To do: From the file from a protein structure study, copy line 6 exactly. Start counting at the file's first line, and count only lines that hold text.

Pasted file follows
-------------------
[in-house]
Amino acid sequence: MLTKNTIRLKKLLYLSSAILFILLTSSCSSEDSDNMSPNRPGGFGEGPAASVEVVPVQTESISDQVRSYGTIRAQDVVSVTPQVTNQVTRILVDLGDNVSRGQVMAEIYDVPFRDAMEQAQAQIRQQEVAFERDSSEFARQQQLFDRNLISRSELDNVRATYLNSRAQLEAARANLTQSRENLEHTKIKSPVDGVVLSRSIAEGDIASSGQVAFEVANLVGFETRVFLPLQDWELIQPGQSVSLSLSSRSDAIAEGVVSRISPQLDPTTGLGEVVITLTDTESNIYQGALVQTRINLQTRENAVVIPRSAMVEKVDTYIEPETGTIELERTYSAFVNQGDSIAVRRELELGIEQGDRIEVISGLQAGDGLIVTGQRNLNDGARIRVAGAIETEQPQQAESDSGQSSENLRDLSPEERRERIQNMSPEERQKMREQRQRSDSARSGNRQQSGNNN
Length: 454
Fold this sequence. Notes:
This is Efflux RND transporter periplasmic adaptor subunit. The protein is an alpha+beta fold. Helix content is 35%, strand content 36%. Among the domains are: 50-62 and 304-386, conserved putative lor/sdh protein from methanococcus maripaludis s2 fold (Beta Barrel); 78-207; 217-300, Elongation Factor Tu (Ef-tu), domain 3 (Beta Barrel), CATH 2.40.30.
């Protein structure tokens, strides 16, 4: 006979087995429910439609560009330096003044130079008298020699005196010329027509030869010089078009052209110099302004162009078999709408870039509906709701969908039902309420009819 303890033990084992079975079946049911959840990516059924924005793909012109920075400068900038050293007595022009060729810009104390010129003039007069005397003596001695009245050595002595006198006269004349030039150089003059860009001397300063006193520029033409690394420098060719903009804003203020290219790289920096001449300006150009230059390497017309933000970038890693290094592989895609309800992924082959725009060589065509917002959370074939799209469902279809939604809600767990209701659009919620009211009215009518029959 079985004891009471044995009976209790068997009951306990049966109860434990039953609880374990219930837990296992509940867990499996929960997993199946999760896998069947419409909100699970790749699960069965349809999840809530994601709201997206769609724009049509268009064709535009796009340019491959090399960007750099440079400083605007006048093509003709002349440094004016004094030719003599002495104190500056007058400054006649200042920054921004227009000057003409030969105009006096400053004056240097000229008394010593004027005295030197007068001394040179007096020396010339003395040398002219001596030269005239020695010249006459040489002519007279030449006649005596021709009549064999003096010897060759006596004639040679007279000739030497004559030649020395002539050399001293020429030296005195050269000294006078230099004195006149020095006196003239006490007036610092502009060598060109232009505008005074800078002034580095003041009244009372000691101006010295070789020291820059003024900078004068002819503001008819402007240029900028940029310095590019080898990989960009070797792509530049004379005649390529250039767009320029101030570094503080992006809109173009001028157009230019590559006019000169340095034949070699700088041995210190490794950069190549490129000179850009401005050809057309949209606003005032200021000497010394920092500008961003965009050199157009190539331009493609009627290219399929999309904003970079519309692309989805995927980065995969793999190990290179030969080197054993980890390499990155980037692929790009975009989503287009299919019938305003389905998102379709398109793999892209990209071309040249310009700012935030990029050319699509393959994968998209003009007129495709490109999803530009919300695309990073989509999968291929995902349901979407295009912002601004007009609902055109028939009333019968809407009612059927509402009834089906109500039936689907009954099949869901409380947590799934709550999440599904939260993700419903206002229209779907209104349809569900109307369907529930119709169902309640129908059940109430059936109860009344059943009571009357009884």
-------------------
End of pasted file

């Protein structure tokens, strides 16, 4: 006979087995429910439609560009330096003044130079008298020699005196010329027509030869010089078009052209110099302004162009078999709408870039509906709701969908039902309420009819 303890033990084992079975079946049911959840990516059924924005793909012109920075400068900038050293007595022009060729810009104390010129003039007069005397003596001695009245050595002595006198006269004349030039150089003059860009001397300063006193520029033409690394420098060719903009804003203020290219790289920096001449300006150009230059390497017309933000970038890693290094592989895609309800992924082959725009060589065509917002959370074939799209469902279809939604809600767990209701659009919620009211009215009518029959 079985004891009471044995009976209790068997009951306990049966109860434990039953609880374990219930837990296992509940867990499996929960997993199946999760896998069947419409909100699970790749699960069965349809999840809530994601709201997206769609724009049509268009064709535009796009340019491959090399960007750099440079400083605007006048093509003709002349440094004016004094030719003599002495104190500056007058400054006649200042920054921004227009000057003409030969105009006096400053004056240097000229008394010593004027005295030197007068001394040179007096020396010339003395040398002219001596030269005239020695010249006459040489002519007279030449006649005596021709009549064999003096010897060759006596004639040679007279000739030497004559030649020395002539050399001293020429030296005195050269000294006078230099004195006149020095006196003239006490007036610092502009060598060109232009505008005074800078002034580095003041009244009372000691101006010295070789020291820059003024900078004068002819503001008819402007240029900028940029310095590019080898990989960009070797792509530049004379005649390529250039767009320029101030570094503080992006809109173009001028157009230019590559006019000169340095034949070699700088041995210190490794950069190549490129000179850009401005050809057309949209606003005032200021000497010394920092500008961003965009050199157009190539331009493609009627290219399929999309904003970079519309692309989805995927980065995969793999190990290179030969080197054993980890390499990155980037692929790009975009989503287009299919019938305003389905998102379709398109793999892209990209071309040249310009700012935030990029050319699509393959994968998209003009007129495709490109999803530009919300695309990073989509999968291929995902349901979407295009912002601004007009609902055109028939009333019968809407009612059927509402009834089906109500039936689907009954099949869901409380947590799934709550999440599904939260993700419903206002229209779907209104349809569900109307369907529930119709169902309640129908059940109430059936109860009344059943009571009357009884």